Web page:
The European guidelines also take this stand against risk scoring systems for syncope patients: Don’t use them.
“The challenge is that the many risk scores all perform beautifully in a single site, but they don’t do well when you validate them elsewhere,” Dr. Herzke pointed out. “They’re all very sensitive, so they identify a lot of people with benign syncope who go on to be worked up.”
Instead, the guidelines point out that risk-stratification scores don’t perform any better than clinical judgment. That said, Dr. Herzke noted that if you have to pick a risk-stratification system, the Canadian Syncope Risk Score may be the best.
When studies have looked at how much it costs per positive test for syncope, the price tag for head CTs is $25,000, while echoes cost around $6,200 and EEGs are $1,000. “In contrast, orthostatic blood pressures are $17 because they’re cheap and often diagnostic,” said Dr. Herzke.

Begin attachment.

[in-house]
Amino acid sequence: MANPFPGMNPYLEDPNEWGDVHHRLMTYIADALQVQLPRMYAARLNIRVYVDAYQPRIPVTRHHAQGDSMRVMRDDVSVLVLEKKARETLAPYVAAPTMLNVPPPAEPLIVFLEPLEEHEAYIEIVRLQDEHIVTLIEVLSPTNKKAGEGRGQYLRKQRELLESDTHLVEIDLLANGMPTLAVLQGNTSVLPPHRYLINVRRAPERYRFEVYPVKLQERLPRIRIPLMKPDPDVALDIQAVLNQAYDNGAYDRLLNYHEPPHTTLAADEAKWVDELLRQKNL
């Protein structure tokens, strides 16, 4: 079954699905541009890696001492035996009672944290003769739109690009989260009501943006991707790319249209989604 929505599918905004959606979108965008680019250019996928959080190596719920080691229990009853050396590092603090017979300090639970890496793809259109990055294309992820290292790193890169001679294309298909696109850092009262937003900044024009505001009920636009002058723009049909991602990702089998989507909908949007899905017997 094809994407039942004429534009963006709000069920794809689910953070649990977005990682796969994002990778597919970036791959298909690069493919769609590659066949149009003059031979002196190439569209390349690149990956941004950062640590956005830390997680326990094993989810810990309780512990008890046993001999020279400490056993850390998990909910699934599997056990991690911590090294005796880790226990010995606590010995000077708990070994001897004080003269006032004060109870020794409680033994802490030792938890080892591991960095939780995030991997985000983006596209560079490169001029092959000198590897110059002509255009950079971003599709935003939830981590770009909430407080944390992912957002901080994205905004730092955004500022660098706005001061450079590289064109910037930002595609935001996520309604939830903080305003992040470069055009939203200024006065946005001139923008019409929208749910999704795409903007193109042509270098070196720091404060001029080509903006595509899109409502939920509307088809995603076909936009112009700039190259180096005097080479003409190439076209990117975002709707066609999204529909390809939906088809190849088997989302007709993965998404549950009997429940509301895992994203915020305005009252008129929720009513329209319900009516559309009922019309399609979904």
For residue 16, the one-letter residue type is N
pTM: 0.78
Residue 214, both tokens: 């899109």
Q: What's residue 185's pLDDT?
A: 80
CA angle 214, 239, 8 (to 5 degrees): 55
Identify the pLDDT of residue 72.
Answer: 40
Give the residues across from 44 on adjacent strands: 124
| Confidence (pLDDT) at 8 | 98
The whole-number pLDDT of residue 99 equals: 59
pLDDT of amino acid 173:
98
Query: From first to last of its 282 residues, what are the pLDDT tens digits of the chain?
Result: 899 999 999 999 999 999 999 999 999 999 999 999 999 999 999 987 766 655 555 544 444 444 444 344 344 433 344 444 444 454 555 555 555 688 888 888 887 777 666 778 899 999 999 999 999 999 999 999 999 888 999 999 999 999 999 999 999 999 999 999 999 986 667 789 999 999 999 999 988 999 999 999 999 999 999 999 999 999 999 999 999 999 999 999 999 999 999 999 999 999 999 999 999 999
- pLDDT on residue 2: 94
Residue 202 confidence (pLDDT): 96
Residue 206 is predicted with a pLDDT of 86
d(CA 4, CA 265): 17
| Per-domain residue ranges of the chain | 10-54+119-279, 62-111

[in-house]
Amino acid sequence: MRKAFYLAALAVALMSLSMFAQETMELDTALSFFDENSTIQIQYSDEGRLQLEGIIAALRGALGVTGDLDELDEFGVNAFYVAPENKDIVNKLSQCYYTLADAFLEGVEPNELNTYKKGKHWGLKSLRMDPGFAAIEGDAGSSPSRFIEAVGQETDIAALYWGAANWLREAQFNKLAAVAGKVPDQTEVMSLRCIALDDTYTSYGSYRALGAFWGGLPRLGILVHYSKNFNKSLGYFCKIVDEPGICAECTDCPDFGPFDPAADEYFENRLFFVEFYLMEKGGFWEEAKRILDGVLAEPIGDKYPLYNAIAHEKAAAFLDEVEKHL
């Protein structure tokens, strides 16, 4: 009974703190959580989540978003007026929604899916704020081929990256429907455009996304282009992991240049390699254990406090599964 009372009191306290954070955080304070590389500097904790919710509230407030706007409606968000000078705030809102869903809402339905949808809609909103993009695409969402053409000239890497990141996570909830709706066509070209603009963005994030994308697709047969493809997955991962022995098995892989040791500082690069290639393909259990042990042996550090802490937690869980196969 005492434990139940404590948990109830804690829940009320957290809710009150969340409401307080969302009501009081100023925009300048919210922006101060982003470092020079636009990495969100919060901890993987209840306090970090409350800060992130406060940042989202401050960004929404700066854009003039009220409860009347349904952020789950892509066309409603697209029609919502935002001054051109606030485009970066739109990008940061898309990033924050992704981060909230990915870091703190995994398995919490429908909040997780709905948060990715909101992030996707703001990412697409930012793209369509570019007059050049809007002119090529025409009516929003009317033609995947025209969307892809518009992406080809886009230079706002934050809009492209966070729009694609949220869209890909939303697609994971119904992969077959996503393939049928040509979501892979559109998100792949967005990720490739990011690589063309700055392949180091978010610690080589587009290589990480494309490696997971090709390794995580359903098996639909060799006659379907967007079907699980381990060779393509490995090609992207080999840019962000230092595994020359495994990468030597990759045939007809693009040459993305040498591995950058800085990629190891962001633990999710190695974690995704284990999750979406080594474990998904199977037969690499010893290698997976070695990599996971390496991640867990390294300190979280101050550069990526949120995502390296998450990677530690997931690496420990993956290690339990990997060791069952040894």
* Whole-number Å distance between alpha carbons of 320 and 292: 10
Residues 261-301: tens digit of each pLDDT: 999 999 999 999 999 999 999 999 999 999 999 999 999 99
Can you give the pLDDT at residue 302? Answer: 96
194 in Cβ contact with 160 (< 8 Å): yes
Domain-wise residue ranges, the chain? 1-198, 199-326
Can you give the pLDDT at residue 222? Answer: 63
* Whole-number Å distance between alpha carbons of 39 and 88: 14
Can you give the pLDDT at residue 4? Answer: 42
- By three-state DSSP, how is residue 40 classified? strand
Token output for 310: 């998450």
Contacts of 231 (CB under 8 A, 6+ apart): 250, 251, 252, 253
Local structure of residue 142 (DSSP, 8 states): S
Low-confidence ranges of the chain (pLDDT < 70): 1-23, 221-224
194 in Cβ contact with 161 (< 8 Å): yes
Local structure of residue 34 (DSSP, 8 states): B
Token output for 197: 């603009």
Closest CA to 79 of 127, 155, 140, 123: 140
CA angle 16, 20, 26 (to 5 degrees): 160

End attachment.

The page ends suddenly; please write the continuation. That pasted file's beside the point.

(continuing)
Her recommendations for working up syncope patients: Take a good history as well as a physical, an ECG and orthostatic vital signs. If these suggest a benign etiology,” she said, “it’s OK to stop working patients up, even in an 80-year-old-male with coronary artery disease.”
With syncope, how prevalent is PE?
YOU CAN’T TALK about syncope without also talking about pulmonary embolism, said hospitalist Carrie Herzke, MD, MBA. Dr. Herzke spoke about working up syncope at this year’s Society of Hospital Medicine meeting.
That’s because of a study that appeared in the Oct. 20, 2016, issue of the New England Journal of Medicine. As she explained, the authors found that 3% of ED patients with syncope and 17% of those admitted with syncope had a PE.
However, a retrospective observational study done over 16 years of 1.6 million patients that was published in April 2018 in the American Journal of Emergency Medicine had significantly different findings. That research found PE prevalence to be “tiny”: between 0.06% and 0.55% in the ED and 0.15% and 2.1% among admitted patients.
Dr. Herzke’s takeaway: “Think about PE, but do not work patients up for it unless you have no other etiology to explain their syncope,” she said. In that case, “consider screening for their risk of PE via Wells and a D-dimer first.” While PE is a consideration and does occur, “the incidence seems to be 3% or less of all syncope patients.”Published in the December 2019 issue of Today’s Hospitalist